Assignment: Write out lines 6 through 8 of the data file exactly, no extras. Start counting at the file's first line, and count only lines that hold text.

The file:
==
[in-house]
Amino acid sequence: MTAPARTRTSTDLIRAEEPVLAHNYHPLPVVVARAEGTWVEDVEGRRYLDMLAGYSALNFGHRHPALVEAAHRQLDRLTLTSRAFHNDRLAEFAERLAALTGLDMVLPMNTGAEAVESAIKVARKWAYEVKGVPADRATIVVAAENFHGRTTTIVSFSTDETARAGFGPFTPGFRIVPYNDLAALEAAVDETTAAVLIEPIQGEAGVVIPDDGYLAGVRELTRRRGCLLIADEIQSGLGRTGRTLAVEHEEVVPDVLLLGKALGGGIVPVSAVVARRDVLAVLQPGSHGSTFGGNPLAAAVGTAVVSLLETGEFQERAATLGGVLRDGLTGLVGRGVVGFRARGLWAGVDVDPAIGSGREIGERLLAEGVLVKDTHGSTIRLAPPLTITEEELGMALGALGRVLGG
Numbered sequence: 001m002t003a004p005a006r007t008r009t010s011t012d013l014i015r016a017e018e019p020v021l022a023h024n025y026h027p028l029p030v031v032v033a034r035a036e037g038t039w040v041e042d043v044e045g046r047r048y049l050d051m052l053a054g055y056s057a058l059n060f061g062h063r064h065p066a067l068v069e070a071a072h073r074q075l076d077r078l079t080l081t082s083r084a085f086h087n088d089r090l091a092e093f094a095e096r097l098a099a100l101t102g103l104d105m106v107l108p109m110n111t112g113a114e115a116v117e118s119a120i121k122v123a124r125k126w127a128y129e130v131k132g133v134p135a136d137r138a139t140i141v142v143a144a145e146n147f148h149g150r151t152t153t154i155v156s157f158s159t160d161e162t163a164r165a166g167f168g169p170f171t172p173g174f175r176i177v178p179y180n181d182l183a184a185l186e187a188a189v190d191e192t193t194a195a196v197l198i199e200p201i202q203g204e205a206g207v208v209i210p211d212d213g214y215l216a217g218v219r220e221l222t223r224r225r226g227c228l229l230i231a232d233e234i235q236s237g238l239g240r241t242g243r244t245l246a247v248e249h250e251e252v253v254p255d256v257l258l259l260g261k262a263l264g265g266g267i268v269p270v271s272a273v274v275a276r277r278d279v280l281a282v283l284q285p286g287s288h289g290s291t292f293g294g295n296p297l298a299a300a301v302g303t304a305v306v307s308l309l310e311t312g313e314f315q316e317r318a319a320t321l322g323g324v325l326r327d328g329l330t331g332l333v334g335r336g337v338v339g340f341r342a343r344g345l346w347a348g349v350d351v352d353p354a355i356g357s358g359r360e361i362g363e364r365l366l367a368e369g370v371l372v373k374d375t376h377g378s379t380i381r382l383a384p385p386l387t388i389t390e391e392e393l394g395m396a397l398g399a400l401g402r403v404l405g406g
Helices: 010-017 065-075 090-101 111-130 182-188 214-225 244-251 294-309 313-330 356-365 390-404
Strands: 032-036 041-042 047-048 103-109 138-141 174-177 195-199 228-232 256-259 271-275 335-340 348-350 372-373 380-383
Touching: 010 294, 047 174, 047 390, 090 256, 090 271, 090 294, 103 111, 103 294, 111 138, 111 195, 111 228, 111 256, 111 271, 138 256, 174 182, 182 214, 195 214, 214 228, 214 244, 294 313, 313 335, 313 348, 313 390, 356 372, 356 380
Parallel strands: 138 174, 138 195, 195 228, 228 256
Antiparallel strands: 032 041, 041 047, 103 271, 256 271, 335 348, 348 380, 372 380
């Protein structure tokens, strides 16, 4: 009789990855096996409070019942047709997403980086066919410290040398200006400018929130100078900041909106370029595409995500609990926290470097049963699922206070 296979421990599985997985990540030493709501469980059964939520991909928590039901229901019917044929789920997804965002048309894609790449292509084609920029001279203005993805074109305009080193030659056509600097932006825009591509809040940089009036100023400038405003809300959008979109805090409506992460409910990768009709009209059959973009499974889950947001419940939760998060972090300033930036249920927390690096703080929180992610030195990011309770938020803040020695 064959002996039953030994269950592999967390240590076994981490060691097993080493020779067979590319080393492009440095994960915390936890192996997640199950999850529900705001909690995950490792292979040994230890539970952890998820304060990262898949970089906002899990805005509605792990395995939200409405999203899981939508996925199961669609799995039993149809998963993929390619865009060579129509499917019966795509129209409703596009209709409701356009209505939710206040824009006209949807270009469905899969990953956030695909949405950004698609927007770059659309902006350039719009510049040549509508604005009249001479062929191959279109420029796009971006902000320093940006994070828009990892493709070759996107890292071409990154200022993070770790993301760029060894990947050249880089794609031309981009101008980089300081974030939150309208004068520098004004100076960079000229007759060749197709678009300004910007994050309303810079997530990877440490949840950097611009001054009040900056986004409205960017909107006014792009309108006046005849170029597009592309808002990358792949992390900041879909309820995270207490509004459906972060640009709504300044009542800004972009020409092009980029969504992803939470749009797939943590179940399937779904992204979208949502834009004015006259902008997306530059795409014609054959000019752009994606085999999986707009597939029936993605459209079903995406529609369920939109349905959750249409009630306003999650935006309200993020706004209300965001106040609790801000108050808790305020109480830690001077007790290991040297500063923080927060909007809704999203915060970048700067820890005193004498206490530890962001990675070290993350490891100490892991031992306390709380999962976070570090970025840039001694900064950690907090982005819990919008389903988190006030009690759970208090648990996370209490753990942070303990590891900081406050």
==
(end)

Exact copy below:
Touching: 010 294, 047 174, 047 390, 090 256, 090 271, 090 294, 103 111, 103 294, 111 138, 111 195, 111 228, 111 256, 111 271, 138 256, 174 182, 182 214, 195 214, 214 228, 214 244, 294 313, 313 335, 313 348, 313 390, 356 372, 356 380
Parallel strands: 138 174, 138 195, 195 228, 228 256
Antiparallel strands: 032 041, 041 047, 103 271, 256 271, 335 348, 348 380, 372 380